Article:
Who Takes the Lead on Backup and Disaster Recovery?

Companies who lack backup and recovery for their SaaS data are on thin ice. When it breaks, they’ll likely point fingers in the wrong direction.

Dave LeClair

January 8, 2020

4 Min Read
Who Takes the Lead on Backup and Disaster Recovery?
(Source: Pixabay)

For years, businesses have relied on managed service providers (MSPs) to protect their on-premises data. Now, as SaaS solutions like Microsoft Office 365, Salesforce.com, and Google G Suite gain popularity, most companies assume their SaaS providers take the same responsibility for data in the cloud. But they don’t— and that misconception can leave critical data at risk. Of course, if something does go wrong, it’s the MSP who’ll most likely take the blame anyway. To ensure the best results for their customers, and avoid unproductive finger-pointing after the fact, MSPs need to take the lead on backup and recovery for SaaS data just as they do for data stored on-premises. After all, when customers lose data, nobody wins.

Removing the misconception

The economic benefits of SaaS are especially compelling for small businesses. For a big company, a more flexible and efficient cost model is a good way to improve the balance sheet. For a smaller one, it can be a financial lifeline. Instead of allocating scarce resources to in-house infrastructure and IT staff, they can let a SaaS provider handle the back end at a fixed monthly cost. In fact, the factors that lead SMBs to work with SaaS providers have a lot in common with their reasons for relying on MSPs.

However, as small and midsize businesses move to the cloud, they don't always fully understand the implications of this shift for their data. Before the transition, they relied on their MSP to provide backup and recovery for their on-premises data. In moving their data to the cloud, they might assume that this responsibility will shift along with it, from their MSP to Microsoft, Salesforce, Google, and whoever else delivers their SaaS services. But that's simply not the case.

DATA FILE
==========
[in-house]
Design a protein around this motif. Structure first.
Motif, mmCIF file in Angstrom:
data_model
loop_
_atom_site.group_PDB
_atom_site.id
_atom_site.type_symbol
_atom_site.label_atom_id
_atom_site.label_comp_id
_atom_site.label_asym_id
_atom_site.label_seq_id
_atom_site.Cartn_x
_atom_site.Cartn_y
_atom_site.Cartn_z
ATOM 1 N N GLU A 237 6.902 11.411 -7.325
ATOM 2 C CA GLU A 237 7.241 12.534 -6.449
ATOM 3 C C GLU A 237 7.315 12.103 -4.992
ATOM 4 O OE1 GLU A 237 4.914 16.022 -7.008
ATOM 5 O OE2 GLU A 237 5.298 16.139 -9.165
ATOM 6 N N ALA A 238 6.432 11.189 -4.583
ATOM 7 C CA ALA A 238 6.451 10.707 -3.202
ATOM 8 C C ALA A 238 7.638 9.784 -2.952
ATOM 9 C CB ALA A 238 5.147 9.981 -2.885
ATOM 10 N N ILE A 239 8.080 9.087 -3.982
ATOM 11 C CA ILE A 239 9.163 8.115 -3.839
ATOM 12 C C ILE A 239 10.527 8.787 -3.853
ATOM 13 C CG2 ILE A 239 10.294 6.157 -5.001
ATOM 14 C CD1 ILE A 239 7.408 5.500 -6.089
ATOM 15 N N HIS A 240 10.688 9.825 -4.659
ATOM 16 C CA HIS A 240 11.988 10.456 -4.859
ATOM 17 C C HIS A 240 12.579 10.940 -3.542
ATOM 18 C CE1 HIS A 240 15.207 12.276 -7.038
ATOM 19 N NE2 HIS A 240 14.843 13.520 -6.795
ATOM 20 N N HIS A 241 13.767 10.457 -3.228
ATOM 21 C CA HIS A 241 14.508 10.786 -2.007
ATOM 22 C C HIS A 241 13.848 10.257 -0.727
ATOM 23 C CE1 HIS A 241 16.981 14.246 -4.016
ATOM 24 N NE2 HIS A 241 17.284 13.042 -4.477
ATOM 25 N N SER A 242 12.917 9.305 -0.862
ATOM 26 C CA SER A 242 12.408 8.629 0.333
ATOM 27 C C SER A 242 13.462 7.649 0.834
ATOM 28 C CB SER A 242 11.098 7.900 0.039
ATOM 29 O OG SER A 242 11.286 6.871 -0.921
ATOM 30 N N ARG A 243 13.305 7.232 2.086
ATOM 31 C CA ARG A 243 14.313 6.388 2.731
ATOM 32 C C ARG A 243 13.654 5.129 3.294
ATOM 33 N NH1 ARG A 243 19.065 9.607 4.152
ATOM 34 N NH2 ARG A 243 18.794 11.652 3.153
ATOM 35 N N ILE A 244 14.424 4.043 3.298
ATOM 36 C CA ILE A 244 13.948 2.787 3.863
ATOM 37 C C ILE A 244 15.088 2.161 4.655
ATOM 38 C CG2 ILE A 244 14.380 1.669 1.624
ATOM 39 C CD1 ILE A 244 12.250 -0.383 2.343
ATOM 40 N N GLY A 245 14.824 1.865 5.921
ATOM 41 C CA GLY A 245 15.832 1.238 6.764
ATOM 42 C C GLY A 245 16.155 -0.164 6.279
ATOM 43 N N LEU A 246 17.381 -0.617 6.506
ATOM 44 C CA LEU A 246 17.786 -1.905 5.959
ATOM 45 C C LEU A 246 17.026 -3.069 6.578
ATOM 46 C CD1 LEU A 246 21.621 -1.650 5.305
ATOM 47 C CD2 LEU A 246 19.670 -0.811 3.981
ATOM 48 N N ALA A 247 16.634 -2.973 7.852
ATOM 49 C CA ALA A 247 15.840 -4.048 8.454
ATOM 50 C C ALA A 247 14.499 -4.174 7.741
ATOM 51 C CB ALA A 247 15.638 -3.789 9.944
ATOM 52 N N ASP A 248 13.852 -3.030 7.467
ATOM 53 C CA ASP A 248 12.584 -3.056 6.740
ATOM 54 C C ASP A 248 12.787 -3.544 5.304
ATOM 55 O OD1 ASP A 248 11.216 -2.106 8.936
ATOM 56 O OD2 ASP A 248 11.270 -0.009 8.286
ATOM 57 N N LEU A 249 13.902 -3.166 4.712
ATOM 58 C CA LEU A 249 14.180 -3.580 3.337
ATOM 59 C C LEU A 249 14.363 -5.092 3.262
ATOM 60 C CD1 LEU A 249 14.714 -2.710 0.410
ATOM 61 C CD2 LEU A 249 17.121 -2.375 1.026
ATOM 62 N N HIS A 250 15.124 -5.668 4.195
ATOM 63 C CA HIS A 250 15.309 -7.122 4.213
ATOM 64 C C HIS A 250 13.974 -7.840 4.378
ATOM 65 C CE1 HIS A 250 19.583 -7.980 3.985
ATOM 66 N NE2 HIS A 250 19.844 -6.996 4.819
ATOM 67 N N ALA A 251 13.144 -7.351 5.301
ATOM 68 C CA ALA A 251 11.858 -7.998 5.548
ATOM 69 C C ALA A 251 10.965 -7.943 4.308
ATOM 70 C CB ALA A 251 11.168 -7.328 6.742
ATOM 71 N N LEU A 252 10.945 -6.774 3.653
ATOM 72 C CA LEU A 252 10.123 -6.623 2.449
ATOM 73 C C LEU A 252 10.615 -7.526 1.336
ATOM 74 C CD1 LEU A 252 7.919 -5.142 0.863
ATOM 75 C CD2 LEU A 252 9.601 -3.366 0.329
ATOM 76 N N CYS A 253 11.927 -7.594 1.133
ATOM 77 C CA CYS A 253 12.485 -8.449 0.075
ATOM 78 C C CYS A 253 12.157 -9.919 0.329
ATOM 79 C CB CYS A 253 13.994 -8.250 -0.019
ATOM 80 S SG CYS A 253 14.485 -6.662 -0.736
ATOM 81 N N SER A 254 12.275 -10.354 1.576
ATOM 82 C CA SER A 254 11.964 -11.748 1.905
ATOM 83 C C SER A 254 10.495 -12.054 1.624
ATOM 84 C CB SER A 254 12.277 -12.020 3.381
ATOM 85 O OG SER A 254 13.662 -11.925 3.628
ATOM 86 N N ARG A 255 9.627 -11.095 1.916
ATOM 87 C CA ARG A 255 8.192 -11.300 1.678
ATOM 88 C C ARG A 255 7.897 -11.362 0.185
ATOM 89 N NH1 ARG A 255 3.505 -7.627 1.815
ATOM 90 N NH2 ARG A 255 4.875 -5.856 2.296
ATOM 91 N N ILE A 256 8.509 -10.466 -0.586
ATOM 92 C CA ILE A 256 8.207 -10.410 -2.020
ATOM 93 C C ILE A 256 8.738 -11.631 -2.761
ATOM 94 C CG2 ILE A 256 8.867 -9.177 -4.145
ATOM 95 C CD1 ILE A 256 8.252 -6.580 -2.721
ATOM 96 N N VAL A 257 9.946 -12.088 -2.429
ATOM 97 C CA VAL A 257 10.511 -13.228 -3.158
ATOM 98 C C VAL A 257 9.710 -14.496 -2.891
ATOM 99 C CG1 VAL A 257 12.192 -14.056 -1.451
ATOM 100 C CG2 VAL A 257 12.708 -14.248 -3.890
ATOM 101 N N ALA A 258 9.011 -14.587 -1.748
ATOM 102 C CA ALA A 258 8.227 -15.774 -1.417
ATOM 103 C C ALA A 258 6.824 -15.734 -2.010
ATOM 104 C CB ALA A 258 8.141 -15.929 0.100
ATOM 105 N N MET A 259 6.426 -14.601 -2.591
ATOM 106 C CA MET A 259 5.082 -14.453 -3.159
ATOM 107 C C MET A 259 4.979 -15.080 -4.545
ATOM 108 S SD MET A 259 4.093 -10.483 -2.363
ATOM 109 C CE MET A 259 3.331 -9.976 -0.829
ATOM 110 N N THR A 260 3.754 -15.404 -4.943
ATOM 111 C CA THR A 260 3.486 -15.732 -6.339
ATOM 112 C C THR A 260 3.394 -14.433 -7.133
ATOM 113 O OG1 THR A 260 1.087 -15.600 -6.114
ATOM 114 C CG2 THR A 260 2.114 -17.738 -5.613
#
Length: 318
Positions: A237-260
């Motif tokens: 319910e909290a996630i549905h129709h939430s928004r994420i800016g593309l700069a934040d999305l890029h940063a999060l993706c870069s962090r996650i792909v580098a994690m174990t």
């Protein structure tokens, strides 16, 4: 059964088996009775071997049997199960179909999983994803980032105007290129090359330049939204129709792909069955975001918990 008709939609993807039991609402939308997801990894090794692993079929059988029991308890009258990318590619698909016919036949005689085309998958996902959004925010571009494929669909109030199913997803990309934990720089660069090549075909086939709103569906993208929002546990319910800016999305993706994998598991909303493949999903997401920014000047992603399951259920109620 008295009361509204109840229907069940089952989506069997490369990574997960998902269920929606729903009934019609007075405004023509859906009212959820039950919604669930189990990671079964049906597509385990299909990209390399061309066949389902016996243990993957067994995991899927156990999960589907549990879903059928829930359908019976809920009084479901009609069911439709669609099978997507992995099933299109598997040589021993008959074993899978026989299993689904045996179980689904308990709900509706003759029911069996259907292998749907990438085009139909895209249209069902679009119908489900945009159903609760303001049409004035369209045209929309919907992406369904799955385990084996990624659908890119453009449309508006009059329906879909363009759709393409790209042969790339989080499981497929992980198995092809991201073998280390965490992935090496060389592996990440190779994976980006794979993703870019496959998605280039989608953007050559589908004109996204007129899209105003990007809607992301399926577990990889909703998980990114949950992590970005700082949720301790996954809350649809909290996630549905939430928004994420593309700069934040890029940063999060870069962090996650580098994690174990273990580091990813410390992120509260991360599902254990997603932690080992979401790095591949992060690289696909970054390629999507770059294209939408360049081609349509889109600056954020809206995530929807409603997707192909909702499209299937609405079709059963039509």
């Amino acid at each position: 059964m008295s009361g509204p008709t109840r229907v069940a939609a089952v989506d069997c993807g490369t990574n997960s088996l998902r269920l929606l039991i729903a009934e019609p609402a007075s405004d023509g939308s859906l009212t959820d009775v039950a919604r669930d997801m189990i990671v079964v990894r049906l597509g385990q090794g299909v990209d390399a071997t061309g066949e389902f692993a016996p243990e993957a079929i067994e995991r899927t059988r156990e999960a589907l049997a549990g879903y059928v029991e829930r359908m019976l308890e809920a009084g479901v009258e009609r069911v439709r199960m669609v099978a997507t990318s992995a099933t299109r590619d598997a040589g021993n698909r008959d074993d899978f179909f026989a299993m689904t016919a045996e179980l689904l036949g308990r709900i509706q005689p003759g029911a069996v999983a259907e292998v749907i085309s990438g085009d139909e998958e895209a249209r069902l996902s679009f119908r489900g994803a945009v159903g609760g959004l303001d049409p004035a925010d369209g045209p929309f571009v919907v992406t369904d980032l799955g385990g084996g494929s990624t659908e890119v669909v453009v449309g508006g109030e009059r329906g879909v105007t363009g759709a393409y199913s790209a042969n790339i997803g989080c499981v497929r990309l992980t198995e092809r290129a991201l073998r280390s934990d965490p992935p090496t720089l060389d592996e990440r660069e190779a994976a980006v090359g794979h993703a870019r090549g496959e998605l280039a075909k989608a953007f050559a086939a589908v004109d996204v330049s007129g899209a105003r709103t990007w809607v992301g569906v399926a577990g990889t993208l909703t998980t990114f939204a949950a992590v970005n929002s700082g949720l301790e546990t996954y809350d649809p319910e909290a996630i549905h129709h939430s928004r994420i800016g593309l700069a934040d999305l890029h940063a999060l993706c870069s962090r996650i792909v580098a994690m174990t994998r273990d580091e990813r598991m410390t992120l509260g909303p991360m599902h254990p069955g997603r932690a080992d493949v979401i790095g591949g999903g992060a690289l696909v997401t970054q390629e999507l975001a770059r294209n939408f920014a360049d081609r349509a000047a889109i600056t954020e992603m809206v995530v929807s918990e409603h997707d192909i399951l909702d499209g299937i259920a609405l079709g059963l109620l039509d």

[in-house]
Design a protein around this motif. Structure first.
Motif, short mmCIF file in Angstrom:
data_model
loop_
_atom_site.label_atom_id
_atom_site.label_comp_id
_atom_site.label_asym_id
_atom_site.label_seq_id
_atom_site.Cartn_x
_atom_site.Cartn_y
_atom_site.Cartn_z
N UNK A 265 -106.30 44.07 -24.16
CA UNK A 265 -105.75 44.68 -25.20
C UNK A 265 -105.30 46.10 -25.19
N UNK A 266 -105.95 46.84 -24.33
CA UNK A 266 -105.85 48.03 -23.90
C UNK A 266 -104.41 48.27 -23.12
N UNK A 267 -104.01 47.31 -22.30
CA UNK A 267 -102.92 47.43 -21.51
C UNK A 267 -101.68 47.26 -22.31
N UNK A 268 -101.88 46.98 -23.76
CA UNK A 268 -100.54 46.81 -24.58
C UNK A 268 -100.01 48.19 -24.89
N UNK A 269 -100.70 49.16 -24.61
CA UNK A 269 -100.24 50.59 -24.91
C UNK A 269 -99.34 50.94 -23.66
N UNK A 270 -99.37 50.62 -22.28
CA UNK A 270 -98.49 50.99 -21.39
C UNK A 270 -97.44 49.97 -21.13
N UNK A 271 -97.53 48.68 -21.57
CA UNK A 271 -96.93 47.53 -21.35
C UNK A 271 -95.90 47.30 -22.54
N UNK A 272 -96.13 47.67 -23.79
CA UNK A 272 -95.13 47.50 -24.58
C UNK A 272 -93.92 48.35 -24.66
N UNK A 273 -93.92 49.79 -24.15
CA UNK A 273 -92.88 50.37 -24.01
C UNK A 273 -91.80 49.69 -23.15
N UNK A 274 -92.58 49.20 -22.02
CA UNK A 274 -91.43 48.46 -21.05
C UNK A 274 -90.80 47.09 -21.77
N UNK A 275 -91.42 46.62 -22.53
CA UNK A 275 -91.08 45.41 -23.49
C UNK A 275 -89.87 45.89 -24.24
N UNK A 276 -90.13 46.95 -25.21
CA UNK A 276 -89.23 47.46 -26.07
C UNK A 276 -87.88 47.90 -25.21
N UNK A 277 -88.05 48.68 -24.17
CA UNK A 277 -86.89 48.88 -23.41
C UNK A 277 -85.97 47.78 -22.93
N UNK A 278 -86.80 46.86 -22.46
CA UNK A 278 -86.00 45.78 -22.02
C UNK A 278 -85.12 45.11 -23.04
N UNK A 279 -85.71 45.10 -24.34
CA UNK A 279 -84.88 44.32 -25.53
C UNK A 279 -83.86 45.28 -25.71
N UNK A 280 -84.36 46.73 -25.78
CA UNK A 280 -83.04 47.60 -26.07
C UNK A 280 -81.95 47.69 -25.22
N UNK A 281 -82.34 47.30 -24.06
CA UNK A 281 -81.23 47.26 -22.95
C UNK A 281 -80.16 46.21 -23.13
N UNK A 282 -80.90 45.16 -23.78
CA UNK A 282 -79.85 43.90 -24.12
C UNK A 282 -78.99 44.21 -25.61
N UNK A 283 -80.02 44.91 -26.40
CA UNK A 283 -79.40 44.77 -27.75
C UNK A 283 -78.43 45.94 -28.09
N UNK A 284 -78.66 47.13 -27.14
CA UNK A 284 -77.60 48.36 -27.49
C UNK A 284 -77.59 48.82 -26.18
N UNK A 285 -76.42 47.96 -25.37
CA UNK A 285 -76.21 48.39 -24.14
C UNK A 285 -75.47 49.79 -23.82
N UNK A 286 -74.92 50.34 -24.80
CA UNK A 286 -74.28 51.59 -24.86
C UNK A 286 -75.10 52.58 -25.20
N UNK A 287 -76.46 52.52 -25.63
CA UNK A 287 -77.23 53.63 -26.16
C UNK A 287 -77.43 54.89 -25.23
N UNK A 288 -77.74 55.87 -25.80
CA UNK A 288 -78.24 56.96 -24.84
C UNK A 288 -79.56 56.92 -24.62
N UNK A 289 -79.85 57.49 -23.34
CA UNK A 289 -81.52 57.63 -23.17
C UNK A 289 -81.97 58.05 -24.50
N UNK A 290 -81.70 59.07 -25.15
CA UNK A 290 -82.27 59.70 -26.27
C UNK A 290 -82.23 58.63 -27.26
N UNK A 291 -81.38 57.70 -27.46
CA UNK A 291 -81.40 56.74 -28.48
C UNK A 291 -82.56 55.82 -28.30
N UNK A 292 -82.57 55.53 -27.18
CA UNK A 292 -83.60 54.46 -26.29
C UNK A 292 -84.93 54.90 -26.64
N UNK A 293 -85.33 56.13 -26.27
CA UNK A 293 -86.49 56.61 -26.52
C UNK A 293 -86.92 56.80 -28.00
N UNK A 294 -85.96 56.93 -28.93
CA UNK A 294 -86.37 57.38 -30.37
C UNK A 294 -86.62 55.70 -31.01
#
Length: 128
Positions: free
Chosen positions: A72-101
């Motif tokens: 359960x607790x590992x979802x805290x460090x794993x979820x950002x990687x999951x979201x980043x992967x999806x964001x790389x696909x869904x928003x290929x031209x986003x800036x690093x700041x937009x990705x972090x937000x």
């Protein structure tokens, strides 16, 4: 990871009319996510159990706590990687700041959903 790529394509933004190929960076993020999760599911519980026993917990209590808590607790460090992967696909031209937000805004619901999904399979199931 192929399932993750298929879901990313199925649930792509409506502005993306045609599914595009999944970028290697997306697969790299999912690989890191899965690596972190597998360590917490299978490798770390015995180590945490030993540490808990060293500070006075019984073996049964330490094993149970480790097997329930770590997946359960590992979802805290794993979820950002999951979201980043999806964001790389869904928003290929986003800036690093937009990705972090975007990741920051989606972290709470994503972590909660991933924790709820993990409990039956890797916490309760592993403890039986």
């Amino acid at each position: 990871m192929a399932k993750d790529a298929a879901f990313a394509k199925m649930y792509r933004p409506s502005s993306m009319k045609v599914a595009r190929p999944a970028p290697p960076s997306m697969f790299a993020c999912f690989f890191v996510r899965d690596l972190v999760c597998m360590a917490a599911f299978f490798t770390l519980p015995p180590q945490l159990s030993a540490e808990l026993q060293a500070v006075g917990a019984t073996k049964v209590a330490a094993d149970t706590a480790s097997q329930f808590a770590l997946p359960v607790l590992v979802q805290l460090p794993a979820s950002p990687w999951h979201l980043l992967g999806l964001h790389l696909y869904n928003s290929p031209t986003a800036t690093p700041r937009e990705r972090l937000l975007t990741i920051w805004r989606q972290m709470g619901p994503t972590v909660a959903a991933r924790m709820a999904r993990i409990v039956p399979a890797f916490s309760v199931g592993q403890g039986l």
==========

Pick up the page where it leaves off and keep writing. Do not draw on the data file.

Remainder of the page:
While some SaaS solutions do provide rudimentary capabilities for data recovery, such as the recycle bins and file version histories in Office 365, that’s far from a comprehensive native backup and recovery service. If data goes missing—a CEO accidentally deletes a crucial email, a disgruntled former employee maliciously deletes a critical directory on OneDrive or Google Drive, a hacker locks down business-critical data with ransomware—the company is on their own to try to get it back. And they quickly find this to be a costly and time-consuming effort with no guarantee of success.

Microsoft and other SaaS providers don’t exactly hide their abdication of responsibility for backup and recovery. They make sure data loss is not incurred due to infrastructure failures. However, their Service Level Agreements make clear that it’s up to customers to protect their own data from user errors, security threats, and data corruption.  But one way or another, the message isn’t getting through; according to Shred-it, only 34% of small businesses have policies in place for storing and disposing of confidential data. Furthermore, half of C-Suites say human error or accidental loss by an insider cause a data breach. In the lack of a regular data backup and recovery plan in place, companies are exposed to a major data loss or even more concerning, vulnerable to a ransomware attack. For smaller companies, the resulting damage from these to customer relationships, market credibility, and business continuity can be too much to survive.

The many perils facing SaaS data

These are dangerous times to leave data at risk. A recent Cybercrime Survey from PwC found that seven out of 10 companies had been hit by a cyberattack during the preceding 12 months—with an average data recovery cost of $150,000. Today’s cyberthreats come in more forms than ever, including:

  • Ransomware attacks that forcibly encrypt vital data and hold it hostage, rendering it inaccessible by employees and customers

  • Phishing attacks that circumvent defensive technologies and often deliver targeted malware to unsuspecting users

And hackers aren't the only ones posing a danger to data. Companies have just as much to worry about inside their own organizations. As SaaS gives users greater control over the data within an application, it becomes far more difficult for IT and security teams to maintain protection. Similarly, the complexity of SaaS architecture increases the likelihood of security gaps and misconfigurations. All it takes is one malicious insider—a disgruntled, corrupt, or simply mischievous employee—to wreak havoc.

Even well-intentioned but negligent employees can do considerable harm. In fact, such individuals cause the most damage of all: according to the Shredit Report, the lack of training and human error are major contributors to data risk, with 51% of small business owners in the United States identifying employee negligence as their biggest information risk.

Put simply, SMBs who lack third-party backup and recovery for their SaaS data are on thin ice. And when it breaks, they’re all too likely to point their fingers in the wrong direction.

About the Author(s)

Dave LeClair

Dave LeClair is senior director of product management at Continuum.

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